A 25 year old man is facing a statutory rape charge after allegedly having sex with a fifteen year old girl in an unoccupied classroom at Smithville Elementary while the school was hosting a "Read Night" program on Monday evening, March 7th.
Smithville Police Chief Randy Caplinger is asking the public for help in locating Roel Celaya Sosa aka Carlos Oliver Aldino, who has not yet been arrested and may have fled. Sosa, who lived in Apartment-A at 615 South Mountain Street, was employed at Zelenka Nursery as a crew leader. Workers there told police Monday, March 14th, that Sosa has failed to show up for work in recent days and indicated that he might have gone to Mexico.
Detective Matt Holmes, who is investigating the case, told WJLE Monday that on the night of the offense, the fifteen year old girl was at the school to look after her younger brother who was participating in"Read Night", a teacher supervised program where parents and students come to school after hours and read together. The mother of these two children had apparently dropped them off at the school and then returned later to pick them up.
After arriving at the school that night, the fifteen year old met up with Sosa and they separated themselves from others in the building. Police have declined to make public more details about the encounter between the two, fearing it might harm the prosecution of the case. According to Detective Holmes, a custodian later saw Sosa and the victim standing in the hallway and told them they were not supposed to be there.
The next day, Detective Holmes said the custodian informed Principal Dr. Bill Tanner of the incident and he contacted the victim's mother. She then reported it to School Resource Officer Kenneth Whitehead, who contacted the Department of Children Services and Detective Holmes.
Although Sosa has not been found, Smithville Police have seized his green Chevy Tahoe. The vehicle was found parked at Sosa's residence. Detective Holmes said police believe he drove it to the school to commit the act, which is use of a vehicle in the commission of a felony.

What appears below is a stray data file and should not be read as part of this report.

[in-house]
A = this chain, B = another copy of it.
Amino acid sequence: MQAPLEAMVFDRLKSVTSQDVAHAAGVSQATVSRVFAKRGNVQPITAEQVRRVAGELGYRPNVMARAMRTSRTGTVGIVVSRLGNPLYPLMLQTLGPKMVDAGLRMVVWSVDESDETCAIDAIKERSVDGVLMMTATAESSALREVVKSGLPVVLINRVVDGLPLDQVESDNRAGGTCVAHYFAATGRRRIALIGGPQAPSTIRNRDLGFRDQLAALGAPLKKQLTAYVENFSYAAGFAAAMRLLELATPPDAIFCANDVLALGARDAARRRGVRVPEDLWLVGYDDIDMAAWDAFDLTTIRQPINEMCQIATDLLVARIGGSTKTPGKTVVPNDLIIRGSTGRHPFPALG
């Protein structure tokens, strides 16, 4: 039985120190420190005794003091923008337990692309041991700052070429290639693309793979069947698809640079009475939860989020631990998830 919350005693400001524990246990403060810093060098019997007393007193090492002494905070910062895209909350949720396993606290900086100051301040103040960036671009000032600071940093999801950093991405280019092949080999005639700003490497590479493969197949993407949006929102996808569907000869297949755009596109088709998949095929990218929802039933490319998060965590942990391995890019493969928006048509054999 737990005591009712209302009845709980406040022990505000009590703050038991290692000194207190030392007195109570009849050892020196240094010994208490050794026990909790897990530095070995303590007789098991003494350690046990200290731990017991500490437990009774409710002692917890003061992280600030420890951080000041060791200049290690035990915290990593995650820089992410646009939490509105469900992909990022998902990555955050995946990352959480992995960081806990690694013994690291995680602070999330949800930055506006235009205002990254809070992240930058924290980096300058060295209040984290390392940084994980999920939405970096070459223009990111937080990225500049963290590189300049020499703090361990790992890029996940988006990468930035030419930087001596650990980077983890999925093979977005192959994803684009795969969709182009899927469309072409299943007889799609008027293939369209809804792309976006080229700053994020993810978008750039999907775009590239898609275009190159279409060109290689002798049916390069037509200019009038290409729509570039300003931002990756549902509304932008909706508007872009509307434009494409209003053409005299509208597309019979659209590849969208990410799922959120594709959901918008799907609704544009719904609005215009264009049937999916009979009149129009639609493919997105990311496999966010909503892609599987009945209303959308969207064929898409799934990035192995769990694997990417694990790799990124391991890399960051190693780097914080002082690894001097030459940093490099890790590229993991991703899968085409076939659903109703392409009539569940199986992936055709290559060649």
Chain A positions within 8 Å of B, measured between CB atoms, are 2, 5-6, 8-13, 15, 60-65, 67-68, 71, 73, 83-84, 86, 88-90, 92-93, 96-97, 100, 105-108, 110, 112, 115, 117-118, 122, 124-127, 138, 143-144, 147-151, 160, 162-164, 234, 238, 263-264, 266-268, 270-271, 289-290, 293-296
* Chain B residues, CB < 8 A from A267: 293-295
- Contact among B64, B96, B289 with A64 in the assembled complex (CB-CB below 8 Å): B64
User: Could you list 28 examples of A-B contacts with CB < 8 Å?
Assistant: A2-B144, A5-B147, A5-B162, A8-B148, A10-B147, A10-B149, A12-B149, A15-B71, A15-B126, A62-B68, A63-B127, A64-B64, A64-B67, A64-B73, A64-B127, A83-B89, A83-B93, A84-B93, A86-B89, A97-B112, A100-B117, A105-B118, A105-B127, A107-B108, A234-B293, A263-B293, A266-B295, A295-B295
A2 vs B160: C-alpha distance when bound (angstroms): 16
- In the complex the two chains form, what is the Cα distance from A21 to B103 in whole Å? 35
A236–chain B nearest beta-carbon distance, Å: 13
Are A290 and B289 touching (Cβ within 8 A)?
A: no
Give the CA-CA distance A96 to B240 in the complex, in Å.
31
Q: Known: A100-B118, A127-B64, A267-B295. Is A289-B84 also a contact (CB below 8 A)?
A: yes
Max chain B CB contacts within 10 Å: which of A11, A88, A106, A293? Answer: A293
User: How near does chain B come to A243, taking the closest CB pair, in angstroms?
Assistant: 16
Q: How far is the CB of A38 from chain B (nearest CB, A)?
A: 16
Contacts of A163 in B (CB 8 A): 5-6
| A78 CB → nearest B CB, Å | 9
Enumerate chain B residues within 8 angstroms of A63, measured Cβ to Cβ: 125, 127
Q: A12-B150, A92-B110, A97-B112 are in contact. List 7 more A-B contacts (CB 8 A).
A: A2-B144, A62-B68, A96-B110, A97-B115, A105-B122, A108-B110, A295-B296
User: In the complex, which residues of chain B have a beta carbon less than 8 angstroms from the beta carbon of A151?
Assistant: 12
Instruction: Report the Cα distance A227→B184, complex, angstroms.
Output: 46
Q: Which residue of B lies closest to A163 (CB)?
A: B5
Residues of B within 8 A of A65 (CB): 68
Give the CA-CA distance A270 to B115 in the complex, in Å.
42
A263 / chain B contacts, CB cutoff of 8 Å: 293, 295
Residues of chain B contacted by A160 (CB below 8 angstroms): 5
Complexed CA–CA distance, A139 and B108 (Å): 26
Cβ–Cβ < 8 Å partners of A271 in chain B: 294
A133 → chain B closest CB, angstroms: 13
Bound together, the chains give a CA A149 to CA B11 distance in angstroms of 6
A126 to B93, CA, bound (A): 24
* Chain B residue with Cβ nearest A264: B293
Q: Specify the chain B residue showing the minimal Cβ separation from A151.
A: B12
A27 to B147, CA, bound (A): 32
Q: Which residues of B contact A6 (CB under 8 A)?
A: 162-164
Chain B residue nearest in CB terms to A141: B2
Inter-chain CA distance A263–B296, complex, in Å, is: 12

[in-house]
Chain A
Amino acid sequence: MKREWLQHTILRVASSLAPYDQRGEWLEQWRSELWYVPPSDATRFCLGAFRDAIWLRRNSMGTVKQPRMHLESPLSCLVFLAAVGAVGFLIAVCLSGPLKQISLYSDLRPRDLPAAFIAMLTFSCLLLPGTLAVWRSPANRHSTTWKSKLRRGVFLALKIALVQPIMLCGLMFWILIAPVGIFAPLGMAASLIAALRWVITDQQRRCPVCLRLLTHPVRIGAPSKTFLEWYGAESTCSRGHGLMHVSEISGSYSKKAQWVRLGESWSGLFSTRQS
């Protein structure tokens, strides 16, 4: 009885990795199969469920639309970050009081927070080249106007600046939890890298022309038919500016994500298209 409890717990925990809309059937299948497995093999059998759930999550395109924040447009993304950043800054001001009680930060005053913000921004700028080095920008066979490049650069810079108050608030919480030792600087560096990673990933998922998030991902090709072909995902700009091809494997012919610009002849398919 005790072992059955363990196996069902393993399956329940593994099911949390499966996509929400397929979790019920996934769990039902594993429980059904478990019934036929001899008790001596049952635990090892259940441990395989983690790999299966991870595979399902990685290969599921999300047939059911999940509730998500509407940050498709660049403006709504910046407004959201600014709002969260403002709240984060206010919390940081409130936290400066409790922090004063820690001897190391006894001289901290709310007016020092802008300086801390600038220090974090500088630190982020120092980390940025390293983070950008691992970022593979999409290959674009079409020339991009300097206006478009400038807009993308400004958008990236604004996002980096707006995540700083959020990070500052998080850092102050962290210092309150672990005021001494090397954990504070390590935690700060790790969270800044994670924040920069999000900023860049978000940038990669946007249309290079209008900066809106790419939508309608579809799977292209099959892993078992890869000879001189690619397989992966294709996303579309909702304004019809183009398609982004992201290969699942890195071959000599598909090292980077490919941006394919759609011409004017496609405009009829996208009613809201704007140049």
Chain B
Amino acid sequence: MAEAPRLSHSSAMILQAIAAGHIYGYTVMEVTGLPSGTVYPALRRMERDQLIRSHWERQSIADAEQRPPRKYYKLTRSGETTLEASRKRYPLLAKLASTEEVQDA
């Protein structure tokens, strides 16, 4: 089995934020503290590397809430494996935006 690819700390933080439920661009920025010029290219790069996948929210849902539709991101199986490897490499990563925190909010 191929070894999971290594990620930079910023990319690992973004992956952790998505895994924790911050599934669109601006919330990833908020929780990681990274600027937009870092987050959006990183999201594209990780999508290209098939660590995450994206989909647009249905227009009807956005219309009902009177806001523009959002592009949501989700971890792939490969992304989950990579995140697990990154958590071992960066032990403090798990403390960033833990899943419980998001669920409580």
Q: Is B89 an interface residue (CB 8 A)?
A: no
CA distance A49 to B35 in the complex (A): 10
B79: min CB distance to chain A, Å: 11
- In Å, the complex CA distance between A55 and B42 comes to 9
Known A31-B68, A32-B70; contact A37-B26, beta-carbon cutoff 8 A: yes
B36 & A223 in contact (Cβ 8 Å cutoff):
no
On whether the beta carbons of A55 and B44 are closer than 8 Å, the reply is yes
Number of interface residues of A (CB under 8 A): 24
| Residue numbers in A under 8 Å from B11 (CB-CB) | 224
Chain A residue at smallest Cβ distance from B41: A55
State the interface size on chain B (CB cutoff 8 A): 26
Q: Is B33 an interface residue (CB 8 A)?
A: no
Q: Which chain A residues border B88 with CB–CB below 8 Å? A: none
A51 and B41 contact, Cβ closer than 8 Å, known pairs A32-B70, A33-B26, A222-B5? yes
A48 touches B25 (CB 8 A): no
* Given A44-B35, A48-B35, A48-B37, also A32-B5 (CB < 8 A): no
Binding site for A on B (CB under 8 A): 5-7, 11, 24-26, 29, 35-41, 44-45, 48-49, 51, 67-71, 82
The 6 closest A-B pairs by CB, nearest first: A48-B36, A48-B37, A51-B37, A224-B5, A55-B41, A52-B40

A bill sponsored by State Senator Mae Beavers makes clear that county governments do not have the authority to make line-item vetoes in the budgets of local election commissions.
Senator Beavers told WJLE Monday that this legislation simply clarifies already existing case law. "I just want to set the record straight on what we're doing. We are clarifying the law according to the case law. Decisions have been made in court as to some of these things so we're just clarifying the law to be in line with the case law," said Senator Beavers.
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"The bill says county commissions have no line-item veto authority over the election commission budget. That has been case law for ever and ever as to any entity in the county. I found that out when I served on the county commission (Wilson County). I've been there. I've done that. I'm not going to do anything to harm the county. But county commissioners simply can't go through each and every budget and cut out the line items that they want to cut out. I know how county commissioners feel. I've been there. I've felt the same way. But I was told at that time that we did not have line item veto authority over anybody's budget. So this is just clarifying the law," said Senator Beavers
"The court has also ruled in the past that (election commissions) are a state agency more or less but they're funded by the county and they (election commissioners) have to present a reasonable budget. The law already says that the budget can't be any less than the year before. This bill clarifies that if the county commission does not fund them (election commissions) in a reasonable manner with the money they need to conduct elections, that they (election commissions) can go to Chancery Court and ask the court to make a ruling. That's not anything new. We're just clarifying the law," according to Senator Beavers.
"There's no reason for anybody to get excited. If they think this is going to cost the county money, it's not. We got the fiscal note on this Sunday and there is no fiscal impact to the state or the county. Its simply not going to harm the county at all. Its not changing things," said concluded.
Present law generally requires each county to fund the operations of its election commission. If a county fails to appropriate funds sufficient to pay expenses that are reasonably necessary for the discharge of the statutorily mandated duties of its county election commission, the commission is authorized to petition the chancery court of the county in which such election commission is located to compel the appropriation of such funds.
This bill specifies that counties do not have the authority to make line-item vetoes to items in their election commissions' budgets. This bill specifies that the decision whether to petition a chancery court for an appropriation lies solely within the commission's discretion. This bill designates clear and convincing evidence of unreasonableness as the burden of proof that a county must meet in order to defeat a commission's petition to compel an appropriation. This bill also requires that the county must pay the commission's legal fees that are associated with the commission's funding.